The strictest monks in Catholicism are “Cistercians of the Strict Observance,” usually known as Trappists. They pray six times a day, beginning at 3:30 a.m. Thomas Merton was a Trappist, though he never quite fit the mold.
There are only 16 Trappist monasteries in North America, and one of them, New Clairvaux Abbey, is only 20 minutes from here.
I initiated a series of dialogues with the abbots (previous and present) and some of the brothers around questions of mystical experiencing and tradition, and the relationship between the contemplative life and the active life. For example, is tradition compatible with direct experiencing of the sacred?
I once heard a religious teacher from India say that just as India had been looked within for centuries, America, the most externally obsessed land, could flip like magnetic poles, and turn within. As the evils and corruption of Trumpism tear at what’s left of the nation’s soul, many Americans are doing just that.
Of course, to be inward looking has a negative connotation in this nation of Manifest Destiny, implying inaction and paralysis. And to be sure, India’s inward looking culture did stymie material progress, and become ossified into a caste system with Brahmins fixed at the top and untouchables fixed at the bottom.
However this is why balance between “vita contemplativa” and “vita activa” is essential. The fact that America ran so heavily toward the active life that it ran off the cliff into a materialistic abyss, only makes an equipoise between contemplation and action all the more necessary.
The monks of New Clairvaux obviously dedicate their lives completely to the contemplative life. But they graciously allowed my inquiry to proceed…to a point.
Including two, hour and half long sessions independently with the previous and present abbot, there were eight weekly dialogues. The one that stands out the most centered on the deepest questions about the life and death of Jesus of Nazareth.
At one point in this delicate dialogue, I turned to the most erudite of the brothers, a brilliant man with an interest in Russian mysticism before the communist revolution, and asked a blunt question.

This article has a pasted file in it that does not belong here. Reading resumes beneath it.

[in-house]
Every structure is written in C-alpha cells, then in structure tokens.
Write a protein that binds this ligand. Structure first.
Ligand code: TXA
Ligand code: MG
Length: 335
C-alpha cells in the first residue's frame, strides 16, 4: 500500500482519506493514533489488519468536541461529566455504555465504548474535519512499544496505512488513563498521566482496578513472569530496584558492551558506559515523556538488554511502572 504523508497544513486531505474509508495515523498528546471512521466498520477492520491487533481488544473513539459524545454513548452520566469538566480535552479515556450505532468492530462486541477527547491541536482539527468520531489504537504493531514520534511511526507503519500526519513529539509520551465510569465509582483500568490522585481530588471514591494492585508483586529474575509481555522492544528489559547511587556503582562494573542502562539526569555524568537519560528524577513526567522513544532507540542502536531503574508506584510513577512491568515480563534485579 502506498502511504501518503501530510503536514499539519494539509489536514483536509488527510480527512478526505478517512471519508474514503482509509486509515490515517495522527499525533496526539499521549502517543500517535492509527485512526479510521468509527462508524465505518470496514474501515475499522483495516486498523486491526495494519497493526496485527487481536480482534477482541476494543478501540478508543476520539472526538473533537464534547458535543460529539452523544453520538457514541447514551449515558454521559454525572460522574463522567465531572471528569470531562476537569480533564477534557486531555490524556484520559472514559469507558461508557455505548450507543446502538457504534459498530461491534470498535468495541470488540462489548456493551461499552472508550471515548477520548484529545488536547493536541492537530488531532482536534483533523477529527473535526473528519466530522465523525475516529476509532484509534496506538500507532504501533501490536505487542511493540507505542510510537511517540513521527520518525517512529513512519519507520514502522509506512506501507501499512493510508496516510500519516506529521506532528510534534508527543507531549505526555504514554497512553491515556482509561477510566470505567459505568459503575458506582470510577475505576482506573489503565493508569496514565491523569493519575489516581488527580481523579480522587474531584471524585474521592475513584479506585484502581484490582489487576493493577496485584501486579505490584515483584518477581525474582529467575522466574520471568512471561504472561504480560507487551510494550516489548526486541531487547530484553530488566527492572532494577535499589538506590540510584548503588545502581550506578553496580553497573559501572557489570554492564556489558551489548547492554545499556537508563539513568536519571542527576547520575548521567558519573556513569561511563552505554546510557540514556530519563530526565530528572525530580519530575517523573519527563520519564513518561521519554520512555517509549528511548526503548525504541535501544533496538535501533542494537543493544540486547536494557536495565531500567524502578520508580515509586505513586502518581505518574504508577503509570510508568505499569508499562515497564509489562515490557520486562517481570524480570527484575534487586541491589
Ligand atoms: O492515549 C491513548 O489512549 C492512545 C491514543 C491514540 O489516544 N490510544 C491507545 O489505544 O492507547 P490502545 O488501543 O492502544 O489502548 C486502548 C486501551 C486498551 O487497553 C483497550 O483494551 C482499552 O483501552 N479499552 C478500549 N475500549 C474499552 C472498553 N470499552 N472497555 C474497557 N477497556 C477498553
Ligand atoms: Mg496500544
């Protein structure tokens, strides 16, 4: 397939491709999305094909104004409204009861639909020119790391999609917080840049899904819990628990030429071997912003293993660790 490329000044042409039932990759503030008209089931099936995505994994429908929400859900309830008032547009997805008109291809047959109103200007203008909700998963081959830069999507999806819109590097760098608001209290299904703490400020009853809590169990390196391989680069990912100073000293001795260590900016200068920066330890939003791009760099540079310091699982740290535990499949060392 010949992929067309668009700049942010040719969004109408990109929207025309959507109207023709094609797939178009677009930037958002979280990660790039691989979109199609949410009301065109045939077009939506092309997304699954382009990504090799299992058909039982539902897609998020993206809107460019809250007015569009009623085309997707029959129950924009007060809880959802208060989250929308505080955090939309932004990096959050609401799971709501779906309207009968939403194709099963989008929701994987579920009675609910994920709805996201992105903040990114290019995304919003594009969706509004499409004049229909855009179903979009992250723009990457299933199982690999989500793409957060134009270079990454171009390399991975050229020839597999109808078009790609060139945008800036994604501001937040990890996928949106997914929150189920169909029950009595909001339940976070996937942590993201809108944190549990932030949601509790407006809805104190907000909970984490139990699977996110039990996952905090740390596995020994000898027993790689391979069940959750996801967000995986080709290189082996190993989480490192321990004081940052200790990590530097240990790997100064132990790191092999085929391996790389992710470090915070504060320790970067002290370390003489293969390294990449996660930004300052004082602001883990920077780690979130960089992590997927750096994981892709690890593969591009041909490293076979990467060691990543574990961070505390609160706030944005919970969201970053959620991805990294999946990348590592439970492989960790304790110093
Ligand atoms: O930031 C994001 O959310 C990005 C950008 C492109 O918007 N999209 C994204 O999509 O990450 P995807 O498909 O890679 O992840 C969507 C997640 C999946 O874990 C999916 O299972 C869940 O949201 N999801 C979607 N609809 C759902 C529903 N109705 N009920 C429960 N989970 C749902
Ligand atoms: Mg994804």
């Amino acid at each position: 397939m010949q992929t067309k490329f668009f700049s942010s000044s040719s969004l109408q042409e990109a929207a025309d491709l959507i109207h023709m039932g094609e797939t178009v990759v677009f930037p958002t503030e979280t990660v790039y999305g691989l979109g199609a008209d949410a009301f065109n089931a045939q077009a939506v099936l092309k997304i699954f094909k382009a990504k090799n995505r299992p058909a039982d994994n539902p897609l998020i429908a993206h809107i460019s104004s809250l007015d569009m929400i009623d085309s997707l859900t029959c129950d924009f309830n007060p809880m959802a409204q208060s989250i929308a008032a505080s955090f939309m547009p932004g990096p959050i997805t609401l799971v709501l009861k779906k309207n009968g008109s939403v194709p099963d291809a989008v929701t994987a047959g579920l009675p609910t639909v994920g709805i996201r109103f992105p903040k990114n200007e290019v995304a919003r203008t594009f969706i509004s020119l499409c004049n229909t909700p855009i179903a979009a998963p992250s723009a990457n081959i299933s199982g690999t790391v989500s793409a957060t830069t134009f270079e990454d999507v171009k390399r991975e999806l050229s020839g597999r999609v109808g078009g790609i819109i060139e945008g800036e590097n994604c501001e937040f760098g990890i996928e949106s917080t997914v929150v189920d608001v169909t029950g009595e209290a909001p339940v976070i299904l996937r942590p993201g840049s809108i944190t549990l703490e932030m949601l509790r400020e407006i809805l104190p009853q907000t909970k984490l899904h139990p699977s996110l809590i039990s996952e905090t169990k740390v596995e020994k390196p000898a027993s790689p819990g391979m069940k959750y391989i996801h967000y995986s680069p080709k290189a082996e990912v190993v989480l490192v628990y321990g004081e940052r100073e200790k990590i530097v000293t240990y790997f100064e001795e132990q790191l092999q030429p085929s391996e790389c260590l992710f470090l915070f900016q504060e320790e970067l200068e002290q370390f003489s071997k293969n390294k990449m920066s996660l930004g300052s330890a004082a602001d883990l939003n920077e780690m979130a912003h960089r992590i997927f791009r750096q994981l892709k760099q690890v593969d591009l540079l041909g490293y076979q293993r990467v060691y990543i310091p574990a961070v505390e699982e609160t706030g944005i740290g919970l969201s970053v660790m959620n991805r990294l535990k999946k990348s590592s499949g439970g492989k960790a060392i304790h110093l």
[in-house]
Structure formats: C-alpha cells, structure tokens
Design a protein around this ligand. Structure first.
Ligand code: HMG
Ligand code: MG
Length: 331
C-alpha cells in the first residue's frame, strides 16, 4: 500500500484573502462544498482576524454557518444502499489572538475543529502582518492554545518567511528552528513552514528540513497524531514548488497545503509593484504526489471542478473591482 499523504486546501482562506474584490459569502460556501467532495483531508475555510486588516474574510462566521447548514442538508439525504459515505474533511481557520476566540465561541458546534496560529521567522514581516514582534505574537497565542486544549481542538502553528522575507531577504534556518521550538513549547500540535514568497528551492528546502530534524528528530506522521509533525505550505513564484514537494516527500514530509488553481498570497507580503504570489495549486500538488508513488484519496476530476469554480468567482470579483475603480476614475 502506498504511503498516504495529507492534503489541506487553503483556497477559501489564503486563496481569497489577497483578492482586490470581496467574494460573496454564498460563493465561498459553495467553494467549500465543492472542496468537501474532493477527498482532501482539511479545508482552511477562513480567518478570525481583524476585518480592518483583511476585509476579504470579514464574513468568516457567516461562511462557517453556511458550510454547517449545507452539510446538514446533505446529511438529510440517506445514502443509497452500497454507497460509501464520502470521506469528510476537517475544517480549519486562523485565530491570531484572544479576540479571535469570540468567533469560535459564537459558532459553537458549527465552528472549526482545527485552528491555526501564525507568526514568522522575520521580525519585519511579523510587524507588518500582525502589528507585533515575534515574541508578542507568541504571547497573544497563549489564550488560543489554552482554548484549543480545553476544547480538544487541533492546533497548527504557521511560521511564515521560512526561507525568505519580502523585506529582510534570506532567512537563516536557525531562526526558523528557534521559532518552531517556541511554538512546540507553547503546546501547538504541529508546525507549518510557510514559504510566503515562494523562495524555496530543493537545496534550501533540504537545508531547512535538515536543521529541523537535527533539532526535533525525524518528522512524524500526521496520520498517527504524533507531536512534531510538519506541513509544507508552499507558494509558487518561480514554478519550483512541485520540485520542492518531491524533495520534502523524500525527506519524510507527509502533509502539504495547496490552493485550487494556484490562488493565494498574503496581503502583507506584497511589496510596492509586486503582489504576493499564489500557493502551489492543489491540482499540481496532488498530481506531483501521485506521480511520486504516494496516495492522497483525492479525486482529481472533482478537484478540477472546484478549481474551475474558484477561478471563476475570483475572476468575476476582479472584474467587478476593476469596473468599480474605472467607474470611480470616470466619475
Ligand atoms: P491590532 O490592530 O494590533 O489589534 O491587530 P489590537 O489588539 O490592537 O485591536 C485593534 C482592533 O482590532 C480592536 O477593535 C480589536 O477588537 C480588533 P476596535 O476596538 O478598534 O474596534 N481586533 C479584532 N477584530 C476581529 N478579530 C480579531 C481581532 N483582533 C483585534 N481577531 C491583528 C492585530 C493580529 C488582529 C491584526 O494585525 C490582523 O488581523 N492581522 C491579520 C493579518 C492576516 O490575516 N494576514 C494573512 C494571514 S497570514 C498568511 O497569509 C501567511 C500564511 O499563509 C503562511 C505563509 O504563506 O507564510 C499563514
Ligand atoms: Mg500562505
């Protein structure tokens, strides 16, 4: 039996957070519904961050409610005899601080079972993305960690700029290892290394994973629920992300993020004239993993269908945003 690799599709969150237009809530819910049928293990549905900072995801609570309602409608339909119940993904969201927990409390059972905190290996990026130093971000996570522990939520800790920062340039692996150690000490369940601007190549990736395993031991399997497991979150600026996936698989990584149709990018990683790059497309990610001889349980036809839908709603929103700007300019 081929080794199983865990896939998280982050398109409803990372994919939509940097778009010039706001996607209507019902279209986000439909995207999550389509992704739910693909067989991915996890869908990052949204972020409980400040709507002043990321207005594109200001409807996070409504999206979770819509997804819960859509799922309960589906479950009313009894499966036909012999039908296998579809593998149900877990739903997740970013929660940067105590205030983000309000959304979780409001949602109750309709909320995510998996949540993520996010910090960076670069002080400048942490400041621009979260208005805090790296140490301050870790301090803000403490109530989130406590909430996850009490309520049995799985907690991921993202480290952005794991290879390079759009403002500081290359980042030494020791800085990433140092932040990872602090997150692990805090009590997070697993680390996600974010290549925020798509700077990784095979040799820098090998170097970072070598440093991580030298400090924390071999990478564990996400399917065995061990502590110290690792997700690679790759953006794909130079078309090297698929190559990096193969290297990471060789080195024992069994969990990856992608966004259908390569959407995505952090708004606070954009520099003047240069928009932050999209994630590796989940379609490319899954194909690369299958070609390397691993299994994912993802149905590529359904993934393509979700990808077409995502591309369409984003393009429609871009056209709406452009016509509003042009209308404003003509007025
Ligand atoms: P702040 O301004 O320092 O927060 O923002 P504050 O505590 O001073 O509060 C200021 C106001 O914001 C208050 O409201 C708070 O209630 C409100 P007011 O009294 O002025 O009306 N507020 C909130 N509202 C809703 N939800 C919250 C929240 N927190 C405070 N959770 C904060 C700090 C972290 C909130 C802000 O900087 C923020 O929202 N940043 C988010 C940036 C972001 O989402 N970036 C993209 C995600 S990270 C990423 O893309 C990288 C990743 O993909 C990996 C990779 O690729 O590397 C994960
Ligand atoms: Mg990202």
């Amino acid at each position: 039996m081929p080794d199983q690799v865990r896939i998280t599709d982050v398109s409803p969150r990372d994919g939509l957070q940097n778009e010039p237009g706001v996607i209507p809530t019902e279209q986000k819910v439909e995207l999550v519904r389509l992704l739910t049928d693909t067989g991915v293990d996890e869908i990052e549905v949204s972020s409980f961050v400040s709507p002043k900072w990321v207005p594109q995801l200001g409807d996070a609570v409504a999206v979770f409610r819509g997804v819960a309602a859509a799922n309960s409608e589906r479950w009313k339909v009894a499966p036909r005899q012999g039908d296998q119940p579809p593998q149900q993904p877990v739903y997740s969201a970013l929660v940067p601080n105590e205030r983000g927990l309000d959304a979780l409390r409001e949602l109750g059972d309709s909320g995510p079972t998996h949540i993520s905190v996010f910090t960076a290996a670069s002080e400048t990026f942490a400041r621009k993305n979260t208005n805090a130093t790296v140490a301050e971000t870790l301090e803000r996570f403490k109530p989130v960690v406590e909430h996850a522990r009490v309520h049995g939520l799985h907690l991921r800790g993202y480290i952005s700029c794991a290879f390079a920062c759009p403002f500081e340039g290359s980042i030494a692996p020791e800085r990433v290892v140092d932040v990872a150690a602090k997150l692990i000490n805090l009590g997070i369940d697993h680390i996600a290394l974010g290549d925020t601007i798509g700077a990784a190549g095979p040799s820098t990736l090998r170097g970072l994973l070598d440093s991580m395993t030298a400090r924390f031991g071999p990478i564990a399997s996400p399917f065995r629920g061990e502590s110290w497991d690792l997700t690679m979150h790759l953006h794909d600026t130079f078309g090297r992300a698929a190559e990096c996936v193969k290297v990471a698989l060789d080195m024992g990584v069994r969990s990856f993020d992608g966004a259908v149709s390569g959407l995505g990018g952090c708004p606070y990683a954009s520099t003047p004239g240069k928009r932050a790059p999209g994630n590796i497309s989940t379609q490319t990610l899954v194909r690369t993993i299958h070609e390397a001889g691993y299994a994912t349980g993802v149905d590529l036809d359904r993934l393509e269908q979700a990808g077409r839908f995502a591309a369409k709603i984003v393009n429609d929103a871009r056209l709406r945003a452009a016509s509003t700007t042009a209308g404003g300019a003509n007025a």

The Bible says, “And at the ninth hour, Jesus cried out with a loud voice, “My God, my God, why hast thou forsaken me?” It is the only saying that appears in more than one Gospel, Matthew and Mark. Do you think Jesus actually said that?
He said yes, but disappointingly added that Jesus’ last words were from Psalm 22:2. But that’s fudging it, since that psalm reads: “My God, I cry out by day, but you do not answer, by night, but I find no rest.”
That isn’t the same at all. Besides, it just begs the question, why did Jesus say it?
Doesn’t it mean Jesus didn’t understand what went wrong, why his mission failed, and that he felt abandoned by God the Father?
Needless to say, that set off a discussion with the monks. It didn’t become contentious, but it revealed a fundamental difference between the way a mystic views Jesus, and the way a traditional Catholic and Christian does.
The idea that Jesus was both a human being and God just doesn’t cut it. It doesn’t address the mystery of his last words, and insists on having things both ways—one of the worst human tendencies.
My feeling (as opposed to belief) is that Jesus’ was a prophet and exceptional human being, but that mission failed—though he did not fail.
Tentatively, I feel that Jesus did not become Christ until he died. Which is to say, he did not fully merge with the intelligence and love that imbues the universe until he expired.
We say “Jesus Christ” in the same breath, but he would never have done so. Jesus was a human being, and we betray him by making him into a god, much less God.
To my surprise, I found the monks of New Clairvaux to be real individuals. More so than the average
American, who believes, in their conformity to the unexamined tenets of individualism, that they are unique, when actually there are millions of people who think, feel and act just as they do.
New Clairvaux’s winery is ‘trending,’ and draws thousands. But as one retreatant wrote, “The winery now runs the monastery; the monastery doesn’t run the winery.” A deliberate return to tradition, dogma and authority by the present abbot has only hastened the erosion of the contemplative life there.
As Jesus taught, the truth is found within. And New Clairvaux, like all monasteries in this age perhaps, has little to offer those seeking balance between the contemplative life and the active life.